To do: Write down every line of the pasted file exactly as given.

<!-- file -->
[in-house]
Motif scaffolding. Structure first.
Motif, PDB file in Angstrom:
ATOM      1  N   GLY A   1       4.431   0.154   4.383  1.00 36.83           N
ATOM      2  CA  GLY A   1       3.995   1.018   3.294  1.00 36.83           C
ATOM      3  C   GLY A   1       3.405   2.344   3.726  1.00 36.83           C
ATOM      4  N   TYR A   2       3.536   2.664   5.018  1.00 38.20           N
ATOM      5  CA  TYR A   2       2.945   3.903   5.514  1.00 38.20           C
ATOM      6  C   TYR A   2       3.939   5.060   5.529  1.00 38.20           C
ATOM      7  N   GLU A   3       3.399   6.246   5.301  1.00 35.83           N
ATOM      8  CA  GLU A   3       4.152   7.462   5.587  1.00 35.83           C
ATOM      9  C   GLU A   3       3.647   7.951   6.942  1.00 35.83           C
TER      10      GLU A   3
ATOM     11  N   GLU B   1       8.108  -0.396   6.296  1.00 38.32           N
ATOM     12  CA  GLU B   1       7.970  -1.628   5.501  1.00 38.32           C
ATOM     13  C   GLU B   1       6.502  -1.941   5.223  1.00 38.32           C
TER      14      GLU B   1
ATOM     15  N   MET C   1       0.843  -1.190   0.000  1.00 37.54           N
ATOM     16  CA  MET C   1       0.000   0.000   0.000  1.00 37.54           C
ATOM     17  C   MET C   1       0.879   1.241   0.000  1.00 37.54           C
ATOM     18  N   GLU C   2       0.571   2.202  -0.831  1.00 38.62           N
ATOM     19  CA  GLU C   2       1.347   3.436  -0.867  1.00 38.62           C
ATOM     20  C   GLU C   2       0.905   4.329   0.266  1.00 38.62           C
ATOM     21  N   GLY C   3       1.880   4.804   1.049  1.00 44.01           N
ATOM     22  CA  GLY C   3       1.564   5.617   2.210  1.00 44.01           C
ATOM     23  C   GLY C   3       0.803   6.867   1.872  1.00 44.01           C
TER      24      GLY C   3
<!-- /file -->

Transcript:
[in-house]
Motif scaffolding. Structure first.
Motif, PDB file in Angstrom:
ATOM      1  N   GLY A   1       4.431   0.154   4.383  1.00 36.83           N
ATOM      2  CA  GLY A   1       3.995   1.018   3.294  1.00 36.83           C
ATOM      3  C   GLY A   1       3.405   2.344   3.726  1.00 36.83           C
ATOM      4  N   TYR A   2       3.536   2.664   5.018  1.00 38.20           N
ATOM      5  CA  TYR A   2       2.945   3.903   5.514  1.00 38.20           C
ATOM      6  C   TYR A   2       3.939   5.060   5.529  1.00 38.20           C
ATOM      7  N   GLU A   3       3.399   6.246   5.301  1.00 35.83           N
ATOM      8  CA  GLU A   3       4.152   7.462   5.587  1.00 35.83           C
ATOM      9  C   GLU A   3       3.647   7.951   6.942  1.00 35.83           C
TER      10      GLU A   3
ATOM     11  N   GLU B   1       8.108  -0.396   6.296  1.00 38.32           N
ATOM     12  CA  GLU B   1       7.970  -1.628   5.501  1.00 38.32           C
ATOM     13  C   GLU B   1       6.502  -1.941   5.223  1.00 38.32           C
TER      14      GLU B   1
ATOM     15  N   MET C   1       0.843  -1.190   0.000  1.00 37.54           N
ATOM     16  CA  MET C   1       0.000   0.000   0.000  1.00 37.54           C
ATOM     17  C   MET C   1       0.879   1.241   0.000  1.00 37.54           C
ATOM     18  N   GLU C   2       0.571   2.202  -0.831  1.00 38.62           N
ATOM     19  CA  GLU C   2       1.347   3.436  -0.867  1.00 38.62           C
ATOM     20  C   GLU C   2       0.905   4.329   0.266  1.00 38.62           C
ATOM     21  N   GLY C   3       1.880   4.804   1.049  1.00 44.01           N
ATOM     22  CA  GLY C   3       1.564   5.617   2.210  1.00 44.01           C
ATOM     23  C   GLY C   3       0.803   6.867   1.872  1.00 44.01           C
TER      24      GLY C   3